How did Group members determine the “most narcissistic leaders” ?

    Seems a very casual, non-scientific study… from which no general conclusions can be drawn whatsoever.

  • Not to be an apologist for charismatics (narcissism or egoism is a bit imprecise, since I think of leaders who “get subordinates to reveal unusual info is valuable to the organization as a whole” as process competence narcissists) but there’s more to human organizational success than aptitude at making the better of two decisions. I suspect efficient domination is important for relatively uncohesive agents like ourselves. That the greater dominator can dominate lesser dominators comes off a bit like a heckler’s problem, but if most of the population consists of aspirational dominators, efficient dominators may be doing the lord’s work (literally?) in helping us overcome some nasty coordination problems.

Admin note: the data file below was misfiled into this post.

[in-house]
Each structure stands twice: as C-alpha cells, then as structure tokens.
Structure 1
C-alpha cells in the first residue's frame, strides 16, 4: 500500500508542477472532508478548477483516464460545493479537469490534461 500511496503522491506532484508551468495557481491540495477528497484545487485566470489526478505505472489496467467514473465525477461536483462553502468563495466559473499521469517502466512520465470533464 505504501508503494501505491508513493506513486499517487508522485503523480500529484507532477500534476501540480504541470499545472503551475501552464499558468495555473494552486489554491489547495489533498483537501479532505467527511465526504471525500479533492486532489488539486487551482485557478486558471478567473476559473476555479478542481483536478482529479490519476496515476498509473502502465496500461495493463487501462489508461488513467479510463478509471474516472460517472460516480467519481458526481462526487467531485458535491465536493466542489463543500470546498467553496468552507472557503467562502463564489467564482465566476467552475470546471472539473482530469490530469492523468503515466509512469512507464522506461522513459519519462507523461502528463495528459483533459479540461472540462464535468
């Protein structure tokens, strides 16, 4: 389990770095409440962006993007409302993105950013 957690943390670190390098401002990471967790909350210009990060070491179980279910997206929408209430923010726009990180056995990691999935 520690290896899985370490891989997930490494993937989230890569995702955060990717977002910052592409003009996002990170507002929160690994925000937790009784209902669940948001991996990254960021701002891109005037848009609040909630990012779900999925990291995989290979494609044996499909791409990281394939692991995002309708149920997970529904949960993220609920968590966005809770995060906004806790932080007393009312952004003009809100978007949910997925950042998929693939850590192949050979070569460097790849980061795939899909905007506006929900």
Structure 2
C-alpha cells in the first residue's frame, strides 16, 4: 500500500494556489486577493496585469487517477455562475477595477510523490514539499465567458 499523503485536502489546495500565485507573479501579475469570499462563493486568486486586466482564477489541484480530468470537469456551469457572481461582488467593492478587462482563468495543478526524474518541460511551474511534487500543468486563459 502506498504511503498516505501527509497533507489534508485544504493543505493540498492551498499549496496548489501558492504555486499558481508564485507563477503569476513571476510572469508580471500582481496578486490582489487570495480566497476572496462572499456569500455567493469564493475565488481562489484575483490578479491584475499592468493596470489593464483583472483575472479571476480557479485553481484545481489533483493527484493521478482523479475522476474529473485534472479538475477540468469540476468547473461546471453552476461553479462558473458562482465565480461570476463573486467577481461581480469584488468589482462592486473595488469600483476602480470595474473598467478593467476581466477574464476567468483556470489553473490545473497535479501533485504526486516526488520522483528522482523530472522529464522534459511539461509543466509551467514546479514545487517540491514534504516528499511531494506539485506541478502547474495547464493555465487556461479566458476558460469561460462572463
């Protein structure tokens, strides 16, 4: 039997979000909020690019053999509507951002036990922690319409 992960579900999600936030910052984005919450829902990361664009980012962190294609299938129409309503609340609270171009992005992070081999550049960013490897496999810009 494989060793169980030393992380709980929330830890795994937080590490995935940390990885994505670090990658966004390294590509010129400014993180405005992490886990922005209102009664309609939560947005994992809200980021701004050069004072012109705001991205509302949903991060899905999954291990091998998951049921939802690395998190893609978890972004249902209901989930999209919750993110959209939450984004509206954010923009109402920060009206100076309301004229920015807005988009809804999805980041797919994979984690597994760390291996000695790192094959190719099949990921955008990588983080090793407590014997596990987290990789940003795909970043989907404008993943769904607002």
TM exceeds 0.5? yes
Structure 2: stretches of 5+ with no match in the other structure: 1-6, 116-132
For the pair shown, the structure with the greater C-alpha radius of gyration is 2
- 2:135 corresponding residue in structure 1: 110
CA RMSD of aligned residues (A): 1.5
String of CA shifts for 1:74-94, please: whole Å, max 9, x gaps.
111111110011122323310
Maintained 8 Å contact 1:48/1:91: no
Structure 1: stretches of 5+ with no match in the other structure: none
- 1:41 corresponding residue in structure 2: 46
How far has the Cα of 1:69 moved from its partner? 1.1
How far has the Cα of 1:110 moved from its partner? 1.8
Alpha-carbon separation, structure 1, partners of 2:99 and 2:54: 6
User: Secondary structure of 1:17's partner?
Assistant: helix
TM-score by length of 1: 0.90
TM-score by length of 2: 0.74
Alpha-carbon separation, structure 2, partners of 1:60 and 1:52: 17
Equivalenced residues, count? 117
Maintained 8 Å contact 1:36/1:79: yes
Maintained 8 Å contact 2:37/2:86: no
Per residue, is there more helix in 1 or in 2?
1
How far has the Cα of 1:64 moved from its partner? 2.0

• michael vassar

      I mostly agree with this point. However, my general take on things is that most of the population consists of people who don’t want to do anything. Leadership mostly consists of inspiring initiative.

  • The study would be far more meaningful if the teams repeated the task several times with a performance assessment each time. I highly doubt that team members would hold poor performing leaders in high regard for long. All this study seems to say is that with limited objective information, people will make decisions based on their instincts.

    • Unnamed

      Good point. There’s a tendency for narcissists to make a good first impression but to become less liked over time.